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Tuesday, May 11, 2021

Calendar > Arts and Culture

Callicoon Center Goes Greek

By Jeanne Sager - staff writer/columnist

By: Jeanne Sager | Democrat
Abby, left, and sister Emily Strong try out one of the rides set up in the Town of Callicoon Park.
CALLICOON CENTER — When Dafne Panayiotou told her husband she was going to throw a Greek Festival in Callicoon Center, he thought she was out of her mind.
But the part-time Youngsville resident remembers summers in her native Greece as a little girl, summers filled with festivals and communities coming together for food and fun.
“People all over the world want to celebrate,” she said. “Sometimes they have the means and sometimes they don't.”
A festival, she figured, would be the means.
And if she gave them the means, they would come.

Come they did. Over the three days of the event, a steady stream of foot traffic wandered down Firehouse Road in Callicoon Center to the festival to find traditional Greek foods and music, plus the Town of Callicoon Park full of rides and games for the kids.
Giving credit to members of the Town of Callicoon board and code enforcement, whom she turned to as she looked at what it would take to pull off a festival, Panayiotou said she found people were overwhelmingly welcoming of the idea of the festival both as it was getting off the ground and over the three days of the actual event.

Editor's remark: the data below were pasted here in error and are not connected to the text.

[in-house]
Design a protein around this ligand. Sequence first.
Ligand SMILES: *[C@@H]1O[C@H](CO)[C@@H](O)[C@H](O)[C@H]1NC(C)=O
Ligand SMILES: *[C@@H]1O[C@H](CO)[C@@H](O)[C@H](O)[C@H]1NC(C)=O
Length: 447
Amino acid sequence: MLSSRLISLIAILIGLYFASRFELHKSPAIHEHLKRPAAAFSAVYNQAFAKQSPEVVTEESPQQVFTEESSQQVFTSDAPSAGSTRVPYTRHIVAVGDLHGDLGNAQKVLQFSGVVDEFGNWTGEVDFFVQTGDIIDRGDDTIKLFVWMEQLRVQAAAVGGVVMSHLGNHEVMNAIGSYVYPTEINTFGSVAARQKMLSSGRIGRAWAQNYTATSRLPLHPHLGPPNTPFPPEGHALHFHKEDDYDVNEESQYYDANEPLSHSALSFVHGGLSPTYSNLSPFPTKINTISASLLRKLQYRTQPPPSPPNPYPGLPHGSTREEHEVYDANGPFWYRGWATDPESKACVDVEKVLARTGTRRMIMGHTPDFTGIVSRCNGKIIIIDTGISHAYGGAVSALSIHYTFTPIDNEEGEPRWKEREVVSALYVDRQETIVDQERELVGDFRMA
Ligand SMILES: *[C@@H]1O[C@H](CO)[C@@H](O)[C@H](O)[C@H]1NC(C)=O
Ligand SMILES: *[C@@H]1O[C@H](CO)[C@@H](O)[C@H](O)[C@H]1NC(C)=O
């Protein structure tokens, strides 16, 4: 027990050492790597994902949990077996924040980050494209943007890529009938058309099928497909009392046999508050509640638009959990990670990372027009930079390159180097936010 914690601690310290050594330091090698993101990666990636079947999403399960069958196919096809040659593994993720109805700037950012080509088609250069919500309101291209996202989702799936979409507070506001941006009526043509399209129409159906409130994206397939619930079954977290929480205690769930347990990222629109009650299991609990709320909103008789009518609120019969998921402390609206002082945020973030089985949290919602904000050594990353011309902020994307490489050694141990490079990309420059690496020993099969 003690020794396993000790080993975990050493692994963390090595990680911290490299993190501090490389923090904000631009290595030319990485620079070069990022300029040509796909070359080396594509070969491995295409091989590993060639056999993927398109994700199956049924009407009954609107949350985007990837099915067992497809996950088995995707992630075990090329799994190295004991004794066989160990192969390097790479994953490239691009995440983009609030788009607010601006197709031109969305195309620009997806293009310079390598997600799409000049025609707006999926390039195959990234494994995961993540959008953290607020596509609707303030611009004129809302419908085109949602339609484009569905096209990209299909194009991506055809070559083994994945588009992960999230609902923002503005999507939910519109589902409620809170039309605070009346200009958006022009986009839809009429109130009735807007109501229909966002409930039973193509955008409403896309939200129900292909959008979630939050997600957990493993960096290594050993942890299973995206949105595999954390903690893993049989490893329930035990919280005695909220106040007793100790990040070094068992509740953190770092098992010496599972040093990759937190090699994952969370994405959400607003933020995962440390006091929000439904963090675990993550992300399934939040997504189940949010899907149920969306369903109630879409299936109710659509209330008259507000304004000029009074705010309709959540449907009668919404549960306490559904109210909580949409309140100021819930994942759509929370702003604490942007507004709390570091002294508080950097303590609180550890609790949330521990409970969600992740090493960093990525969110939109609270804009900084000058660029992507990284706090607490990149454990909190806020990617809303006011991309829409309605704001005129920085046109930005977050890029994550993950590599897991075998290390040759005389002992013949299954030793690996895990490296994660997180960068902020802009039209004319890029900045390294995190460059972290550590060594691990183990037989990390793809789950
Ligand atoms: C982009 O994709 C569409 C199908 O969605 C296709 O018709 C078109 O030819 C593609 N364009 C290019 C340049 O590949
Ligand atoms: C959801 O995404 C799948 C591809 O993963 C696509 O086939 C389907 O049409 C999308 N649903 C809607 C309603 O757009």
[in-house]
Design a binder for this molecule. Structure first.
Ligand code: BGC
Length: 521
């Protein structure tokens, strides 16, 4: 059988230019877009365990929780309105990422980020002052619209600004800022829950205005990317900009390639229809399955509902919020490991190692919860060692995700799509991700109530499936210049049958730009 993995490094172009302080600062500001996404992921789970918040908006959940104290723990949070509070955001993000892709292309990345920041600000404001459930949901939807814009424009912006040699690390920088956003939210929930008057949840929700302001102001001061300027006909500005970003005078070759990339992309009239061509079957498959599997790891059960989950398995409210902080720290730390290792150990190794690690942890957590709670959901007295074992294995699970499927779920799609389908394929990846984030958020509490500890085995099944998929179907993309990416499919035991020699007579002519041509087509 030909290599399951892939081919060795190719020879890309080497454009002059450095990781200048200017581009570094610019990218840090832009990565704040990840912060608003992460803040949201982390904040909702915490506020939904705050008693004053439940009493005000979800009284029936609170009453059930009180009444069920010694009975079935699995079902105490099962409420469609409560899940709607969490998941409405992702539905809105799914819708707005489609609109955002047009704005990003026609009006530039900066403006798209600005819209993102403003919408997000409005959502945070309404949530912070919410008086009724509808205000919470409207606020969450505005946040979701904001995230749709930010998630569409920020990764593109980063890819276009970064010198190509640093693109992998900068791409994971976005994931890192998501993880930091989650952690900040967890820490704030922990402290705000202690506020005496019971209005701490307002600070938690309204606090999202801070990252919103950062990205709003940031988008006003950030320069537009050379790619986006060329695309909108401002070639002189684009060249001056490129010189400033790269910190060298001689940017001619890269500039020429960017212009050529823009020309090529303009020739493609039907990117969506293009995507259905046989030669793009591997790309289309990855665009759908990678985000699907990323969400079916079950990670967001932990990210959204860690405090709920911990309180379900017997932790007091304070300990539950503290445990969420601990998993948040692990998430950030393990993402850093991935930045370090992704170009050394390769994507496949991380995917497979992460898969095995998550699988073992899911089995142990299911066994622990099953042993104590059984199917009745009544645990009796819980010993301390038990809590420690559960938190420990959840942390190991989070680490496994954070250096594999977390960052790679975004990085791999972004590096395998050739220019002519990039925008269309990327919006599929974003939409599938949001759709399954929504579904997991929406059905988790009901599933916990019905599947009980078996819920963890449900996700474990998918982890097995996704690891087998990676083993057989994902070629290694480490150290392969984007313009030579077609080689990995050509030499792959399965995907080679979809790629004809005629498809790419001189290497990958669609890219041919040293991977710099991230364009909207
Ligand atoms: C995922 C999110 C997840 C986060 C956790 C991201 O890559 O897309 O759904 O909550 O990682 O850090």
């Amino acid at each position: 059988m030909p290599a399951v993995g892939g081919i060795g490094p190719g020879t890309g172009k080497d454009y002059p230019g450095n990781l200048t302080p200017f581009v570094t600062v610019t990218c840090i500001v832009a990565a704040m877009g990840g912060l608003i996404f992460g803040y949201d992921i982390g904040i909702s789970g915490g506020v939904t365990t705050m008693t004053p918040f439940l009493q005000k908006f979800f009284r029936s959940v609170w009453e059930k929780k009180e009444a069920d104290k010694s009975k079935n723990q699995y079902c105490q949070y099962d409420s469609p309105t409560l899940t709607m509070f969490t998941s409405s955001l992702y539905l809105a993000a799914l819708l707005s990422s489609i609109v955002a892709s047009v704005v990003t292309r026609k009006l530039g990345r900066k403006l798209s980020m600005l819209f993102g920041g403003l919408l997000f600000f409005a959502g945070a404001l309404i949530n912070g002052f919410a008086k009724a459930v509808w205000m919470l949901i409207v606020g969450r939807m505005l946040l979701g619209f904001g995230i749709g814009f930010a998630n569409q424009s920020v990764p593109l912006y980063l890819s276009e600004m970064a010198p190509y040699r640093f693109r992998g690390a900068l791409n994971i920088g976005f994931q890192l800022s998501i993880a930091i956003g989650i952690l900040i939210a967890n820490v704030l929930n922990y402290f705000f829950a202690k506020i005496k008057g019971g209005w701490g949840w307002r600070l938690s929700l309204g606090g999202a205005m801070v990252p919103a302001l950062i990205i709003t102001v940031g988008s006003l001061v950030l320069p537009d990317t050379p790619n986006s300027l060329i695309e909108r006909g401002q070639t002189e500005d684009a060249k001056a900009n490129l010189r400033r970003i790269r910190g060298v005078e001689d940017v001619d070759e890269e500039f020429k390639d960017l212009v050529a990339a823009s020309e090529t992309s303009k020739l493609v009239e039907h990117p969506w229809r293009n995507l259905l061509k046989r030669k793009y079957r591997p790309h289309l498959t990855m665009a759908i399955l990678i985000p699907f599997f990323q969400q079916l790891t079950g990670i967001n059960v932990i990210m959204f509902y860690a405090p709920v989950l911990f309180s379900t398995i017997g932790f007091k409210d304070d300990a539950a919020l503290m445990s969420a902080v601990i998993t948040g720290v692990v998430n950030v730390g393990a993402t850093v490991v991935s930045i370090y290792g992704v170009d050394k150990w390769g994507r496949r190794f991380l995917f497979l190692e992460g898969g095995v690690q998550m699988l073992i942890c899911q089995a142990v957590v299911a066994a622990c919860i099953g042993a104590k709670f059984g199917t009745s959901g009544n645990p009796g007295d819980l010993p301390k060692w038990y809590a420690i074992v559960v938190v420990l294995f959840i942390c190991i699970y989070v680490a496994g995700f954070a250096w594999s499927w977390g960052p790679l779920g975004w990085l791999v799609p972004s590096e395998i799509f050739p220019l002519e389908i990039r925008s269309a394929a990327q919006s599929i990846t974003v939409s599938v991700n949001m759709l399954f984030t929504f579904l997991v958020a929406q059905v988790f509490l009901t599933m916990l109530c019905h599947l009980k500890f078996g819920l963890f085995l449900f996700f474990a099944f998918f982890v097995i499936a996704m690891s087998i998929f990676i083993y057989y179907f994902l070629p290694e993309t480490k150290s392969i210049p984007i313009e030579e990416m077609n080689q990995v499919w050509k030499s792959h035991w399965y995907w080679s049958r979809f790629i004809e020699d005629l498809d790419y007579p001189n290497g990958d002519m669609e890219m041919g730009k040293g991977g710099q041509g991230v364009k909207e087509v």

“People said ‘Why here?'” she noted. “Why not here? If you have something good, people will come to it!”
That's what's drawn folks like her to Sullivan County.
Like a number of other second homeowners, Panayiotou attends Sunday church services at Saint Nektarios, the Greek Orthodox Monastery at the top of Anawanda Lake Road, just outside Callicoon Center. She's met many folks who have purchased homes locally because of the monastery, and she saw the festival as a way to help bring folks from the monastery and the community into one space, to let local residents know what the folks who have converted the old Huff House into a thriving monastery are all about.
But while it was a fundraiser for the monastery, it was also focused on the community as a whole.
“People deserve this in this community,” Panayiotou said, relating tales of her childhood in northern Greece, which she said had a similar landscape to the Town of Callicoon.
“We may not have a spa, but we have a Greek Festival,” she added with a laugh.

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